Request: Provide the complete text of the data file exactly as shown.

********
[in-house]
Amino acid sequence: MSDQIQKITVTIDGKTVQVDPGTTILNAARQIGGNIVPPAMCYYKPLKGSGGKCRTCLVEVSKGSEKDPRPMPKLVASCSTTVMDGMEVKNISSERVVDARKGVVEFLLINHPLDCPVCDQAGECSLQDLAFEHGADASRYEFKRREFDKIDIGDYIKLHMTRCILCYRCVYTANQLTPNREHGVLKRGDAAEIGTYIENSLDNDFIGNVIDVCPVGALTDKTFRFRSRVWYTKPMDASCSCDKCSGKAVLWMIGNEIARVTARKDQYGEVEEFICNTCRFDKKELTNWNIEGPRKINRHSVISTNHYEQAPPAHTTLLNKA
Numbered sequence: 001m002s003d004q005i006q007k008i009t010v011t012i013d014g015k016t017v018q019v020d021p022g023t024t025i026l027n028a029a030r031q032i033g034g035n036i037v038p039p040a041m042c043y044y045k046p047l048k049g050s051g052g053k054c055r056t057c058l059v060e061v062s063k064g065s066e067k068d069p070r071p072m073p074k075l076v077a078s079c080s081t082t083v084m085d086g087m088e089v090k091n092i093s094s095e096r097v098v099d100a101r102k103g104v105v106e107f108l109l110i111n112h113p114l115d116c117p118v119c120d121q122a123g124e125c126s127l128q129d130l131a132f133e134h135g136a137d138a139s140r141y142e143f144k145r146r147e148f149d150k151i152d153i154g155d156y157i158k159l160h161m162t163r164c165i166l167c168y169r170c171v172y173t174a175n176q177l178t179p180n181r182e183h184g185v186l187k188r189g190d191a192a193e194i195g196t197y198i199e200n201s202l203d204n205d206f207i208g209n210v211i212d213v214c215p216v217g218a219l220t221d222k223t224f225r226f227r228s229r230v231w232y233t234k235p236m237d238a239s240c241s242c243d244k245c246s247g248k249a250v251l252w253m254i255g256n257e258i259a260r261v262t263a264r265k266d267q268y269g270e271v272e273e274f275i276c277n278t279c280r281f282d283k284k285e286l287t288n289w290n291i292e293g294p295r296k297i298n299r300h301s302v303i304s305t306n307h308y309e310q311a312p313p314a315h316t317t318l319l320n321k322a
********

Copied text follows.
[in-house]
Amino acid sequence: MSDQIQKITVTIDGKTVQVDPGTTILNAARQIGGNIVPPAMCYYKPLKGSGGKCRTCLVEVSKGSEKDPRPMPKLVASCSTTVMDGMEVKNISSERVVDARKGVVEFLLINHPLDCPVCDQAGECSLQDLAFEHGADASRYEFKRREFDKIDIGDYIKLHMTRCILCYRCVYTANQLTPNREHGVLKRGDAAEIGTYIENSLDNDFIGNVIDVCPVGALTDKTFRFRSRVWYTKPMDASCSCDKCSGKAVLWMIGNEIARVTARKDQYGEVEEFICNTCRFDKKELTNWNIEGPRKINRHSVISTNHYEQAPPAHTTLLNKA
Numbered sequence: 001m002s003d004q005i006q007k008i009t010v011t012i013d014g015k016t017v018q019v020d021p022g023t024t025i026l027n028a029a030r031q032i033g034g035n036i037v038p039p040a041m042c043y044y045k046p047l048k049g050s051g052g053k054c055r056t057c058l059v060e061v062s063k064g065s066e067k068d069p070r071p072m073p074k075l076v077a078s079c080s081t082t083v084m085d086g087m088e089v090k091n092i093s094s095e096r097v098v099d100a101r102k103g104v105v106e107f108l109l110i111n112h113p114l115d116c117p118v119c120d121q122a123g124e125c126s127l128q129d130l131a132f133e134h135g136a137d138a139s140r141y142e143f144k145r146r147e148f149d150k151i152d153i154g155d156y157i158k159l160h161m162t163r164c165i166l167c168y169r170c171v172y173t174a175n176q177l178t179p180n181r182e183h184g185v186l187k188r189g190d191a192a193e194i195g196t197y198i199e200n201s202l203d204n205d206f207i208g209n210v211i212d213v214c215p216v217g218a219l220t221d222k223t224f225r226f227r228s229r230v231w232y233t234k235p236m237d238a239s240c241s242c243d244k245c246s247g248k249a250v251l252w253m254i255g256n257e258i259a260r261v262t263a264r265k266d267q268y269g270e271v272e273e274f275i276c277n278t279c280r281f282d283k284k285e286l287t288n289w290n291i292e293g294p295r296k297i298n299r300h301s302v303i304s305t306n307h308y309e310q311a312p313p314a315h316t317t318l319l320n321k322a